Alain Prost won the 1988 Adelaide Grand Prix by half a minute from McLaren teammate Ayrton Senna. It left Prost with 105 points to Senna’s 94 points, yet it was Senna who was crowned world champion.
That anomaly was the result of a points structure used at the time with a driver’s best 11 results from the 16 races counting towards the championship. The intention of the rule was so drivers weren’t unfairly punished for mechanical failures, which were much more common than modern day Formula 1, but it did create this oddity in a season in which McLaren won 15 of 16 races.
Senna did at least score more wins than Prost, with eight wins to seven, but Prost’s better consistency went unrewarded. Senna failed to score points in three races and also dropped the points from fourth and sixth place finishes. Prost retired from just two races and finished first or second in the other 14 races, forcing him to drop the points from three of his second places.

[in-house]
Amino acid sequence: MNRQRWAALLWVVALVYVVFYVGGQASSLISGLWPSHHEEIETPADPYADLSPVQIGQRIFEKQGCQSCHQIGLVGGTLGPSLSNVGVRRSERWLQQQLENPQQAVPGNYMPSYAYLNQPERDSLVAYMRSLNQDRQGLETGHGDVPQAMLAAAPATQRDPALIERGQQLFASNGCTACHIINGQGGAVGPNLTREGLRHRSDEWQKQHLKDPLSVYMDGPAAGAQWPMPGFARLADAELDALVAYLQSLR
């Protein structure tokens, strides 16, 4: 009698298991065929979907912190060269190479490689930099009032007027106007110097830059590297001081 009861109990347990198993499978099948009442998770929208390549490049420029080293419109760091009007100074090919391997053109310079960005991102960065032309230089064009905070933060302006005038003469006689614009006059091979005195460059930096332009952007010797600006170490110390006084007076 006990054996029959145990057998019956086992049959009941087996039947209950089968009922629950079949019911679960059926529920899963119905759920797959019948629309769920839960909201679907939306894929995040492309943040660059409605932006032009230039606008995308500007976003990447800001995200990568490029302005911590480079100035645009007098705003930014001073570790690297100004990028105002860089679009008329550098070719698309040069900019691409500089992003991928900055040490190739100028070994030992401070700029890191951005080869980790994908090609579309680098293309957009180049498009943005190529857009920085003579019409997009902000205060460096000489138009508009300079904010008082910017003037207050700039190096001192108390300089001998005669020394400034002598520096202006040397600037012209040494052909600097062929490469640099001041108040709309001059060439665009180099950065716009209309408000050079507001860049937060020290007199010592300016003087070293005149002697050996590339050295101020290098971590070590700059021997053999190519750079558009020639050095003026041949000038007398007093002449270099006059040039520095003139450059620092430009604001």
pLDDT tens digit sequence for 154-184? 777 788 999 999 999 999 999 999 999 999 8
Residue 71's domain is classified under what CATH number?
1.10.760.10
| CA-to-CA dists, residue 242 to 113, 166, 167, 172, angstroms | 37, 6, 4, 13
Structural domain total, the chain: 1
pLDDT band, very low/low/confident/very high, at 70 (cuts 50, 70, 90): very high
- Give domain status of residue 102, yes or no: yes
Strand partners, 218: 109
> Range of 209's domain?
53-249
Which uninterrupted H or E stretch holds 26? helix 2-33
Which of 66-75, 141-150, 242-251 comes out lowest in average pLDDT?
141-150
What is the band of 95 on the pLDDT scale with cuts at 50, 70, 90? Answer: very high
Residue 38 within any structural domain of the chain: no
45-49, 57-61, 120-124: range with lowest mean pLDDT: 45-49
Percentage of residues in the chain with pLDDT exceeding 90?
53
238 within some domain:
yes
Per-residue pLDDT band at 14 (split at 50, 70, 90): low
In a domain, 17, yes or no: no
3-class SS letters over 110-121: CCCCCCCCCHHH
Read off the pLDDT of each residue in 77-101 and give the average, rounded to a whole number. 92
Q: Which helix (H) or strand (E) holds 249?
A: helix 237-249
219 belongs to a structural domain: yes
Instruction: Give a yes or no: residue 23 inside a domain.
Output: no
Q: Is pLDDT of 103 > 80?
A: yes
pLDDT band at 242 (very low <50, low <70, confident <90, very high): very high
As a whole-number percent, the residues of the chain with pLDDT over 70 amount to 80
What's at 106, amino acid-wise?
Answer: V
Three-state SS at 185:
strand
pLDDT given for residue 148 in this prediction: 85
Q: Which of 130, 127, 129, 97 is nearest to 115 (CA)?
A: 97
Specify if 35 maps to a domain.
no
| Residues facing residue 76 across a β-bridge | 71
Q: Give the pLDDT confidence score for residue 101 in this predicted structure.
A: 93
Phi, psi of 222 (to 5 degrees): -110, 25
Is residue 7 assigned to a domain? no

Senna duly secured the world title in the penultimate race of the season in Japan, leaving Prost to win the dead rubber in Adelaide. This gave Senna the championship win with 90 points to Prost’s 87 points when counting the best 11 results, though the addition of the rest of the results would’ve given the title to Prost by 11 points.
There was no animosity from Prost, who sportingly accepted the rules as they were and congratulated his younger teammate on his first championship win.
“That’s the rule and you have to accept it,” said Prost. “I don’t want to spoil Senna’s championship.”
One year on and it would be outright war between Prost and Senna. And Formula 1 did away with the best results counted points system at the end of 1990, following another Prost versus Senna championship battle.